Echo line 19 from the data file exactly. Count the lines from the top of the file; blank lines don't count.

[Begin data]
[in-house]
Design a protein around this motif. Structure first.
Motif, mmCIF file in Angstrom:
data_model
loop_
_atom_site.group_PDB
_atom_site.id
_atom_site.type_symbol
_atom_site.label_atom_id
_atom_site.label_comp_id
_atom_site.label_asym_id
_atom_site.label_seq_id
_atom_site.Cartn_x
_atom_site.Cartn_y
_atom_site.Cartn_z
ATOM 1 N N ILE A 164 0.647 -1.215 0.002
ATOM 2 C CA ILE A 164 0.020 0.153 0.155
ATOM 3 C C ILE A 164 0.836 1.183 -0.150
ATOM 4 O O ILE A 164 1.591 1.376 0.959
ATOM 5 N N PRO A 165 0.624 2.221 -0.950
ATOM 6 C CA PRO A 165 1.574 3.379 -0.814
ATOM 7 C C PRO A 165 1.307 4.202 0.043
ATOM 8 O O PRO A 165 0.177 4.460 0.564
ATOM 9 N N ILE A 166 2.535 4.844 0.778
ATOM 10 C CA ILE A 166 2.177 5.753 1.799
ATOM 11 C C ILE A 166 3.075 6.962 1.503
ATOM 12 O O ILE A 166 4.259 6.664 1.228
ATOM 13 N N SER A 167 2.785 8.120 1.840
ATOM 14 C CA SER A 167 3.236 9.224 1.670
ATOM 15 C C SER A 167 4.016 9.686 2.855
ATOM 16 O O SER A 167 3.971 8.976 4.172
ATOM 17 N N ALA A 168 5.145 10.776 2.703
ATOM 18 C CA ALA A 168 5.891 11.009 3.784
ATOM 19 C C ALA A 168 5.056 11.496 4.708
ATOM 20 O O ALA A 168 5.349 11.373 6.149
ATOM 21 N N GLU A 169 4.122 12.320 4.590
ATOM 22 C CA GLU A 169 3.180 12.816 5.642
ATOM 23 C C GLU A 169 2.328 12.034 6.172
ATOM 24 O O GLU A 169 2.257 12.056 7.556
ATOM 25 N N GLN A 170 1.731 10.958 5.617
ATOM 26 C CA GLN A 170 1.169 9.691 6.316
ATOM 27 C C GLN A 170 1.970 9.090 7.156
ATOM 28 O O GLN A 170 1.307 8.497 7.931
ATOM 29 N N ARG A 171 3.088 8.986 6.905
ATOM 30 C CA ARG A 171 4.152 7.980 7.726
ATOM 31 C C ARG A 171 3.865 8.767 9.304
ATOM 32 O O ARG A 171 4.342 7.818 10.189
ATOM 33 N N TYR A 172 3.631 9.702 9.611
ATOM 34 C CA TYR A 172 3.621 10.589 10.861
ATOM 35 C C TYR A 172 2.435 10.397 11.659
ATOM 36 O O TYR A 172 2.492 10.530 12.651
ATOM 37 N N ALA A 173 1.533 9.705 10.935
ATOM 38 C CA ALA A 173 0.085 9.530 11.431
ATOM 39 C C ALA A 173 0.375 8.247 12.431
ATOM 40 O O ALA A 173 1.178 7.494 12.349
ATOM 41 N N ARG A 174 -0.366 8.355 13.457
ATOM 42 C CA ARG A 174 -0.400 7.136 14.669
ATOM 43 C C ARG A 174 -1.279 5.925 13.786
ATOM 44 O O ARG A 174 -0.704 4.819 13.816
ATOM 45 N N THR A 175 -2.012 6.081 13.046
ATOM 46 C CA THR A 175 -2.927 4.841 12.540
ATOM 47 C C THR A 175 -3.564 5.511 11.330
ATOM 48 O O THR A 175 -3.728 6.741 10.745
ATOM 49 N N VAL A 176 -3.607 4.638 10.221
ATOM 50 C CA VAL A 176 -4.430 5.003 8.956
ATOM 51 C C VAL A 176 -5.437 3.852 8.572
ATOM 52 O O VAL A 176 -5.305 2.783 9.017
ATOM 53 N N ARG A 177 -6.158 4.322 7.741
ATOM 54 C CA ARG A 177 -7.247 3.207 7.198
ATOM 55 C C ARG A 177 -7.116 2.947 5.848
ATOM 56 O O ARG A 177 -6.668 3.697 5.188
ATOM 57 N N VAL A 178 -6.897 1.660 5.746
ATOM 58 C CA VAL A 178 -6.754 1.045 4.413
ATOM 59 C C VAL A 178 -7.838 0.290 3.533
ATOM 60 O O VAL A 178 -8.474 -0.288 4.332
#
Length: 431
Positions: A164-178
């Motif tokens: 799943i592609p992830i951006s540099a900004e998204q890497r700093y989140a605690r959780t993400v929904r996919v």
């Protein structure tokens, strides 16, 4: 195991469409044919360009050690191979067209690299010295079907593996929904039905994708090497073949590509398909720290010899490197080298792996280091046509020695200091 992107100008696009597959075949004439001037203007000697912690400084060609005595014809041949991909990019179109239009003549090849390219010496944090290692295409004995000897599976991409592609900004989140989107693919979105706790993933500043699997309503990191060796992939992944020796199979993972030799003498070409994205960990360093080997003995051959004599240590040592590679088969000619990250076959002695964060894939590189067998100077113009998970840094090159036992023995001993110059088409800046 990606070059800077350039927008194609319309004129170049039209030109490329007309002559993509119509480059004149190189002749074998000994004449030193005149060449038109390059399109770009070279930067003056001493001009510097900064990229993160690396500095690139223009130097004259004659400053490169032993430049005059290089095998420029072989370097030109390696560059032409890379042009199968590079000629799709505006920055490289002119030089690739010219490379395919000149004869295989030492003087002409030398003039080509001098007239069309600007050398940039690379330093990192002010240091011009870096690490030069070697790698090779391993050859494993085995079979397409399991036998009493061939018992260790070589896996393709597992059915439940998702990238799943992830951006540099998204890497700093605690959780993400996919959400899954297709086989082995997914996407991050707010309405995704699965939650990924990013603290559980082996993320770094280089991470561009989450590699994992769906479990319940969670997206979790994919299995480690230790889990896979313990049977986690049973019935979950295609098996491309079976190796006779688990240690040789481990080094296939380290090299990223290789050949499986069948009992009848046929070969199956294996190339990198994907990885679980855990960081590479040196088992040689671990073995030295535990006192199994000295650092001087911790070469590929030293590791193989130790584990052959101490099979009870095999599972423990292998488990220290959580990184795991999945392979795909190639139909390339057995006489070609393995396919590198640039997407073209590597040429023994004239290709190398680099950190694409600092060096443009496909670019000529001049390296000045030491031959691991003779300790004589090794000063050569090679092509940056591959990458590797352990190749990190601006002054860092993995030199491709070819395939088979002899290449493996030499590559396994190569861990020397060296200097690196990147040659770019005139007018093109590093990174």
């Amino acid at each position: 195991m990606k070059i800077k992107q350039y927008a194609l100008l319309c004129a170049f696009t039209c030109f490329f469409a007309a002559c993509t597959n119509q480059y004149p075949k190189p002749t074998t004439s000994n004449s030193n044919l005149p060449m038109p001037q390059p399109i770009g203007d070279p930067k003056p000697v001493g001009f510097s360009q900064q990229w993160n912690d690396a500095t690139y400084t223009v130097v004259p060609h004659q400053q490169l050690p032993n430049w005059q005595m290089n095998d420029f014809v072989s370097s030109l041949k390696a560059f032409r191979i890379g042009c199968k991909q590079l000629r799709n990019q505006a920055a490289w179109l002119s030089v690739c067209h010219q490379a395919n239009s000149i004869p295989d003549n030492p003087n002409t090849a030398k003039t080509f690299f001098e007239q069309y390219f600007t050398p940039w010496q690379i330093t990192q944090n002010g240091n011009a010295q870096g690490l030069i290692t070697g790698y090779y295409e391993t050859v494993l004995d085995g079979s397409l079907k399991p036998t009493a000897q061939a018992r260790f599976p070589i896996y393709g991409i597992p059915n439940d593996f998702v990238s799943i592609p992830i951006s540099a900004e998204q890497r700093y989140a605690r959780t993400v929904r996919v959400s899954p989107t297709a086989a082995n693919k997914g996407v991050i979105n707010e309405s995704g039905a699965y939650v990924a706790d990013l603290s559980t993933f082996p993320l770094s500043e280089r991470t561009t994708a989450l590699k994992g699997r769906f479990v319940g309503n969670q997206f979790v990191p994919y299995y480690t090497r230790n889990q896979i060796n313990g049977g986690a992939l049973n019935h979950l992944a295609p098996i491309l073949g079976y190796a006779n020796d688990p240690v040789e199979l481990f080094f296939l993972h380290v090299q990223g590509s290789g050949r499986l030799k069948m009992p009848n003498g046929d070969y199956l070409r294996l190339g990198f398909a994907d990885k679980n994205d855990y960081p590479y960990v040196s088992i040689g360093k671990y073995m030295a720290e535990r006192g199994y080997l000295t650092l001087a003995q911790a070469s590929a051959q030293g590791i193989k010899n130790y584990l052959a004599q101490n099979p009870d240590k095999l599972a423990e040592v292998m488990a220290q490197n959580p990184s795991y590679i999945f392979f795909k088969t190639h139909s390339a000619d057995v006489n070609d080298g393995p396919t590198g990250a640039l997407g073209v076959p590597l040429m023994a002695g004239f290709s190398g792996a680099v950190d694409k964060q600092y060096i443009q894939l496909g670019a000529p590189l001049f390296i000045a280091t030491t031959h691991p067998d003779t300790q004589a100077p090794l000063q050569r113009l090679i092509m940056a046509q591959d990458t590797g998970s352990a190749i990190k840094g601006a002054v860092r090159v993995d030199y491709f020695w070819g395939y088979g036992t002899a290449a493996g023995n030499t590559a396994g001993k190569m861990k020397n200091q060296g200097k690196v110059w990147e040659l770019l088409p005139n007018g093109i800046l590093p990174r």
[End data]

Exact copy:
ATOM 4 O O ILE A 164 1.591 1.376 0.959